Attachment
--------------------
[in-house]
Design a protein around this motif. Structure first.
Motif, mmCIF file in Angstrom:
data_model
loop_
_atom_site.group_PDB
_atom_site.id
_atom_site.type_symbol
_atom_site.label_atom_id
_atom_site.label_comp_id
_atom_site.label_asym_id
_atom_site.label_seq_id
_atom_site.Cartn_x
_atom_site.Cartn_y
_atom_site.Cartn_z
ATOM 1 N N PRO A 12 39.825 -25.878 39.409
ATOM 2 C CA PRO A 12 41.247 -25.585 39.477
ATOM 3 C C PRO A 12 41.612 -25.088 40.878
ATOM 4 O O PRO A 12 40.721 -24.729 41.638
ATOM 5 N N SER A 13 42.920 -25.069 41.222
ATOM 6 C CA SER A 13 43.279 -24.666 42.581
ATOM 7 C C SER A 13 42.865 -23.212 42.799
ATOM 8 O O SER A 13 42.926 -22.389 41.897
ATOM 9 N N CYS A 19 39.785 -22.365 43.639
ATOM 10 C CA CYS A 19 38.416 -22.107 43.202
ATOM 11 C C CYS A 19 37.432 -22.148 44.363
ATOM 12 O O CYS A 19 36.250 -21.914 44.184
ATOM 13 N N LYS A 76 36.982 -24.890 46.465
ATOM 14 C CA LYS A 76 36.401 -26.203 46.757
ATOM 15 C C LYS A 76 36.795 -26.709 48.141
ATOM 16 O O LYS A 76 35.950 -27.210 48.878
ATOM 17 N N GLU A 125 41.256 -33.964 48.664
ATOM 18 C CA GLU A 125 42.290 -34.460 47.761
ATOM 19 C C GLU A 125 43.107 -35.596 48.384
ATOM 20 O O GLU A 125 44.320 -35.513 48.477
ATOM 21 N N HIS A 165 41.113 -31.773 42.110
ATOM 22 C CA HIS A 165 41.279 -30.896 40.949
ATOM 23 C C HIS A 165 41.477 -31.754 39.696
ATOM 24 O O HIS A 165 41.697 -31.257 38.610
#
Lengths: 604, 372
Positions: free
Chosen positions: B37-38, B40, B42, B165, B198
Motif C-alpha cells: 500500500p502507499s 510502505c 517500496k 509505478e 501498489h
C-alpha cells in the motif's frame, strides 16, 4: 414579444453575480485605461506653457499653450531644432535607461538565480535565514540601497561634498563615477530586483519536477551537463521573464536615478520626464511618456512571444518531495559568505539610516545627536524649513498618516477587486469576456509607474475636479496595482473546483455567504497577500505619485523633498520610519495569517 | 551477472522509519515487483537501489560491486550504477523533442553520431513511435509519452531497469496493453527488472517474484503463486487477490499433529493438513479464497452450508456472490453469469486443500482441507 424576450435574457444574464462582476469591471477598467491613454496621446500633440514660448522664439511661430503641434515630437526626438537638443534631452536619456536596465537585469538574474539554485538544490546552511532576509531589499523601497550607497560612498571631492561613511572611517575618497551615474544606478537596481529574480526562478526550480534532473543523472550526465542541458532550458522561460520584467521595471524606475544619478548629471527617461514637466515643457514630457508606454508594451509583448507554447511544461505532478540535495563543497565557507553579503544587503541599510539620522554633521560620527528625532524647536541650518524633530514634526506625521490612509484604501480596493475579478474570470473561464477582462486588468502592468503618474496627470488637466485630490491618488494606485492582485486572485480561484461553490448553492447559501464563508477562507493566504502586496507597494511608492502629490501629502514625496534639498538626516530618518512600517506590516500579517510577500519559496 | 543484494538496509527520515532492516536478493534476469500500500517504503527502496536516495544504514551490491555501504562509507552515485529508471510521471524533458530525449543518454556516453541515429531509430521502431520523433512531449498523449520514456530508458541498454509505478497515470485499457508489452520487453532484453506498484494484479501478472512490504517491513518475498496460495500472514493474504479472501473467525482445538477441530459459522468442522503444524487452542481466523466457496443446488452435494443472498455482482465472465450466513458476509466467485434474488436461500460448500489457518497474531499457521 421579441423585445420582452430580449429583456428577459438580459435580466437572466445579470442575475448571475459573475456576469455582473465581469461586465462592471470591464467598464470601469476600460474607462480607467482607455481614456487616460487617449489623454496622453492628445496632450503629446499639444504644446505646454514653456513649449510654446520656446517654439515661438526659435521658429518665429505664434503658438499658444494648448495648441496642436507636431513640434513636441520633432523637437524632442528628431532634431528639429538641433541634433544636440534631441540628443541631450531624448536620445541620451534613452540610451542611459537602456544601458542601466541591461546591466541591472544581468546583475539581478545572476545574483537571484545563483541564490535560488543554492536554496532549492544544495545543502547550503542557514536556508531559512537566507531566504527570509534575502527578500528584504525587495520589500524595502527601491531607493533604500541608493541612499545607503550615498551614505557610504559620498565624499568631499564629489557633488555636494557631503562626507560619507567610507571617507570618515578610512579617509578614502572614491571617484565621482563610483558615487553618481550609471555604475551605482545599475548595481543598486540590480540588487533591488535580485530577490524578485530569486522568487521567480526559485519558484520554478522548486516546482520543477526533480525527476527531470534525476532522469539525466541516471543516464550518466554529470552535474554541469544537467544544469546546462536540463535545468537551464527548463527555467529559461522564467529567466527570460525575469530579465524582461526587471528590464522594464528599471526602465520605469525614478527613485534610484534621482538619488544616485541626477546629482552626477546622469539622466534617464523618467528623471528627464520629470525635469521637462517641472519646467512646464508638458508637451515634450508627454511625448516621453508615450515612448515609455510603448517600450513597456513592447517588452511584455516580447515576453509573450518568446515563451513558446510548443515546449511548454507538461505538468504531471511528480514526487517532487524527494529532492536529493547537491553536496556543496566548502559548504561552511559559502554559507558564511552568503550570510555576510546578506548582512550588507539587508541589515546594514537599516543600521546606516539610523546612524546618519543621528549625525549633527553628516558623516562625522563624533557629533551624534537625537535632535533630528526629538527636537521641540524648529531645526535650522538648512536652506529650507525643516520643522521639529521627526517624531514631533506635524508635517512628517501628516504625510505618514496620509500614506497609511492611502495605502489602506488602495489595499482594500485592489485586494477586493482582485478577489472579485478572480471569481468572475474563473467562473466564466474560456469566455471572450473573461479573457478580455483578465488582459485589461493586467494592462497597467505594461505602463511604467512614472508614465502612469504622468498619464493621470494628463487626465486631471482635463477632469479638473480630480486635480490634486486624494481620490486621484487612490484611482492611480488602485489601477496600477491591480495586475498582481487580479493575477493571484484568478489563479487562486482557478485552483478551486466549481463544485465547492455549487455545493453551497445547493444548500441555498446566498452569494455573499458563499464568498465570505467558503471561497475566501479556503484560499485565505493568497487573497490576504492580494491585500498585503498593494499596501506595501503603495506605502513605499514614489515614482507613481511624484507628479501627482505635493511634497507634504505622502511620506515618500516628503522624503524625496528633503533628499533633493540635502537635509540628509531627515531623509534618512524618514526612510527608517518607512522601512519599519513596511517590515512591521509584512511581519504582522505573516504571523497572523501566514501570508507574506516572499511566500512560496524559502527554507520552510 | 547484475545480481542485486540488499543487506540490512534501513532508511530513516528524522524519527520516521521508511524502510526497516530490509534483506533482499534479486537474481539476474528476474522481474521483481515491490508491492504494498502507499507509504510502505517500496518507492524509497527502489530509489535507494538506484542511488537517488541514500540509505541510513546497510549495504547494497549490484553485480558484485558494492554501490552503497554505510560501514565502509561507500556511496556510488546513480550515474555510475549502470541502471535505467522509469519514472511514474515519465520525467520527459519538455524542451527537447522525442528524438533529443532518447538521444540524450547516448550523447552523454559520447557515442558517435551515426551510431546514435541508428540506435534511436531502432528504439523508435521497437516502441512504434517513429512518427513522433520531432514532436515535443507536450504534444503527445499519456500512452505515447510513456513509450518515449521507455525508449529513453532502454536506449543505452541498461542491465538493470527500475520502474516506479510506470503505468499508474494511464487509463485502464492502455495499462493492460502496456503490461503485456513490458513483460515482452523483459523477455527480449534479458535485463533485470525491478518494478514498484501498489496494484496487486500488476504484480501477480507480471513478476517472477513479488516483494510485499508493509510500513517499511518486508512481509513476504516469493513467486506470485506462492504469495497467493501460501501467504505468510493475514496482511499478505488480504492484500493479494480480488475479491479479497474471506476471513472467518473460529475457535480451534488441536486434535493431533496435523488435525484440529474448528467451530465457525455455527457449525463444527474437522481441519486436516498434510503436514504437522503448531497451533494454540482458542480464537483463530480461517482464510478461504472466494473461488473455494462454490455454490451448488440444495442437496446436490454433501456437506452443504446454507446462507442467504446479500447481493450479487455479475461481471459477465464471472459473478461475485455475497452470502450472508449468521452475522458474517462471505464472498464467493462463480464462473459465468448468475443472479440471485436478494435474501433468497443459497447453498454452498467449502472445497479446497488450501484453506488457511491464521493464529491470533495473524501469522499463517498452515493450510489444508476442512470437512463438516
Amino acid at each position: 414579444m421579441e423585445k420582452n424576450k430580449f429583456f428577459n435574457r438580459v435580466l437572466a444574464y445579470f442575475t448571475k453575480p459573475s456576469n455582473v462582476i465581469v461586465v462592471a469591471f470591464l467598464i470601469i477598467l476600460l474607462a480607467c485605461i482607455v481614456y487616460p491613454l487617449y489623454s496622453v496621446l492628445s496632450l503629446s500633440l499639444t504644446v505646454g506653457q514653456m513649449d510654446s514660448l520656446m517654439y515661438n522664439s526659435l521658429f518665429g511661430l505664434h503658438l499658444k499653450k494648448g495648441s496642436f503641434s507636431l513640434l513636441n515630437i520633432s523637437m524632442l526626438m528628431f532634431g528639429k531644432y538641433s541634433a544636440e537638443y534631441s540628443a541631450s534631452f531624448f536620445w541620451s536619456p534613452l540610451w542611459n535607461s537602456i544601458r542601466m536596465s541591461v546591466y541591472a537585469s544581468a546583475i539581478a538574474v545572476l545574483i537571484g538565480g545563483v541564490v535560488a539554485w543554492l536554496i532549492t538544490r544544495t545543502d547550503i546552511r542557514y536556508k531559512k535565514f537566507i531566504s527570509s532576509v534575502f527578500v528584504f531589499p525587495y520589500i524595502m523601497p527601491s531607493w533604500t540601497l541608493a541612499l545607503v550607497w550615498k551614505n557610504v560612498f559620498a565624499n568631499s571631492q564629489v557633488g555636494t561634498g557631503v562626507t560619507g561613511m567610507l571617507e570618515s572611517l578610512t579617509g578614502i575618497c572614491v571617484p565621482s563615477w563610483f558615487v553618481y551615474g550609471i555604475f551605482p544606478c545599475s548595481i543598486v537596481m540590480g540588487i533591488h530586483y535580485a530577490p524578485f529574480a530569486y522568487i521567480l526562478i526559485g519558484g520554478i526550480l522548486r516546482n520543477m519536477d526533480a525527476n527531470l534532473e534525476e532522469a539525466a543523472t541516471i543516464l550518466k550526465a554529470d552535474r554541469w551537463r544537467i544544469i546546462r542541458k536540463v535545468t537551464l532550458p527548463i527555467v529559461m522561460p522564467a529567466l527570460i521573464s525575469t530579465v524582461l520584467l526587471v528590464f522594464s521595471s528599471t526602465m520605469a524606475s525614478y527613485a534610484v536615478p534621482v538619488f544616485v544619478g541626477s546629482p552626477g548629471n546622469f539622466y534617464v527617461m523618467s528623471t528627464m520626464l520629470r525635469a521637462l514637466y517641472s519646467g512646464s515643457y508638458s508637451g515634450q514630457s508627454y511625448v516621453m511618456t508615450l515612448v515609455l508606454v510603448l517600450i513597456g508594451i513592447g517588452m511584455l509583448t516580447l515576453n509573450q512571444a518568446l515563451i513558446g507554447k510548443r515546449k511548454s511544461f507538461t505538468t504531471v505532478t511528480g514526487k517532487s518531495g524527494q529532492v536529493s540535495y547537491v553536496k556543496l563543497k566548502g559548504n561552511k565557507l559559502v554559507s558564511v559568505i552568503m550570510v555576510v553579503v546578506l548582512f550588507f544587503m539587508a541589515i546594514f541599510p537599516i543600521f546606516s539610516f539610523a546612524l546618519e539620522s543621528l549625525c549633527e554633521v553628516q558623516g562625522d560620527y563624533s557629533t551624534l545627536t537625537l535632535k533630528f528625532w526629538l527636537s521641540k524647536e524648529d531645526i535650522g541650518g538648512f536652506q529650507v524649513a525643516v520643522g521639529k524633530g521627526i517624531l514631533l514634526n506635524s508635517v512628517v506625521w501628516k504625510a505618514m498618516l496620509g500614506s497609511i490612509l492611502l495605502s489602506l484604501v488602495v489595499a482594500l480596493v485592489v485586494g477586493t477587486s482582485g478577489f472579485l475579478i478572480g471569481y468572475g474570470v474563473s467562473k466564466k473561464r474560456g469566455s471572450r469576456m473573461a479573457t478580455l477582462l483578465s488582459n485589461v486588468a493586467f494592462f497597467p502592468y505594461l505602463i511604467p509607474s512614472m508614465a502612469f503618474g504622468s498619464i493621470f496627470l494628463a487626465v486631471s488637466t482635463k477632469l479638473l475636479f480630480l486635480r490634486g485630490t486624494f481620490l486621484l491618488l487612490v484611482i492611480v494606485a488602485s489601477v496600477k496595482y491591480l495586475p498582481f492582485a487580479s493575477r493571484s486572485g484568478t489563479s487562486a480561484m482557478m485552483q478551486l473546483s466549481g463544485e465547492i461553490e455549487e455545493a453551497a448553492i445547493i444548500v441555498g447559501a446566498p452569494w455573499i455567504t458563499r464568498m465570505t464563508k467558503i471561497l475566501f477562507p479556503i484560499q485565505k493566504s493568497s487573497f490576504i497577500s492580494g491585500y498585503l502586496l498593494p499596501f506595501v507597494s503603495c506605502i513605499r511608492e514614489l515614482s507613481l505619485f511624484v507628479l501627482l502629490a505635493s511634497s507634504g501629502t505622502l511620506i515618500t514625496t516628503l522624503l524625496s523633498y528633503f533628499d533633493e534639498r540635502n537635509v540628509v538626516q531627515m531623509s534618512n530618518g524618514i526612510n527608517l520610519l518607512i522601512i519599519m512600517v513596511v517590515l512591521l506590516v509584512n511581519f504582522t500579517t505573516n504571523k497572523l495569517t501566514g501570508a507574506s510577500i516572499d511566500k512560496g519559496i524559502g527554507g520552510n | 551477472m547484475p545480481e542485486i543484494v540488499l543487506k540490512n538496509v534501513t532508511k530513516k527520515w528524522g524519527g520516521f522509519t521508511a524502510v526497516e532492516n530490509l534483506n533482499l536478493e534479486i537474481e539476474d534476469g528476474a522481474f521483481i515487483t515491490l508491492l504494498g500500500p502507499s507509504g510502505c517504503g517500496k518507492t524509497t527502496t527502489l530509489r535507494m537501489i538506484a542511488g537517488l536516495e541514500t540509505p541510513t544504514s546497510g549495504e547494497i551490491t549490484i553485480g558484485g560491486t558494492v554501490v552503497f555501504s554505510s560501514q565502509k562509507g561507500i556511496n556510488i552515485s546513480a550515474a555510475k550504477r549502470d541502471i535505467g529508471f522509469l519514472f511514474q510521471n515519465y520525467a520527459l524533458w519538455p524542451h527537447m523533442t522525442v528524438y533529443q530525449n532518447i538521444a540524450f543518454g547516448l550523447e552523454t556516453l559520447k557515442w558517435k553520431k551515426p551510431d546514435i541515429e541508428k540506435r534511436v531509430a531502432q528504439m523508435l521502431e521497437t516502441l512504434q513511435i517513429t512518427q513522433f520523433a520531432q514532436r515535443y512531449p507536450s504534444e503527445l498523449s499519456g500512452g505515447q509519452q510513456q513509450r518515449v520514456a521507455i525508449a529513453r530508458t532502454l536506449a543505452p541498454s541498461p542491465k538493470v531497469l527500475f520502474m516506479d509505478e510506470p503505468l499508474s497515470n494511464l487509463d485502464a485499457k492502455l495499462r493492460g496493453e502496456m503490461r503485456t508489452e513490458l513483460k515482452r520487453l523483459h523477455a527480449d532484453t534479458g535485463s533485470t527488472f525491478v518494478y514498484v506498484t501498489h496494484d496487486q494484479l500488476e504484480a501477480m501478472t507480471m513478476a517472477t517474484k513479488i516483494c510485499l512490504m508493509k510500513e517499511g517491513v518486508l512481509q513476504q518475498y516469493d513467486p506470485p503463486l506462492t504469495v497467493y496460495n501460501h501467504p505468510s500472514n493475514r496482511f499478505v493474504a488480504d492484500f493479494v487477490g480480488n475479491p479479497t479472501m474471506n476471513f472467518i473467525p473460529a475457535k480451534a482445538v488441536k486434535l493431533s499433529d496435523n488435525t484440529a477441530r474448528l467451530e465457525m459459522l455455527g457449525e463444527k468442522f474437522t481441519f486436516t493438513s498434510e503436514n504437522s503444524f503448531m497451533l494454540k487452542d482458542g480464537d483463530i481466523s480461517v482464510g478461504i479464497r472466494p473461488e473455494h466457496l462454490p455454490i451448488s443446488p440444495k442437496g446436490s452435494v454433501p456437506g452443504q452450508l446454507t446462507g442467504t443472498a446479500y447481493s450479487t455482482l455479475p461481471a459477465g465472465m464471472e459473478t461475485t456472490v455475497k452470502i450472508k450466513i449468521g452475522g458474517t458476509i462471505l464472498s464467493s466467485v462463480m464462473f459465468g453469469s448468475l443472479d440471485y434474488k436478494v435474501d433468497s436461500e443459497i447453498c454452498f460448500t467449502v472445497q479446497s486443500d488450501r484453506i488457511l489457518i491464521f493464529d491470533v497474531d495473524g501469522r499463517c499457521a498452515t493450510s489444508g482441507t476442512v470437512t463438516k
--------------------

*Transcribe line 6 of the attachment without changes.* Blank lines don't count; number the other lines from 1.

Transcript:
_atom_site.group_PDB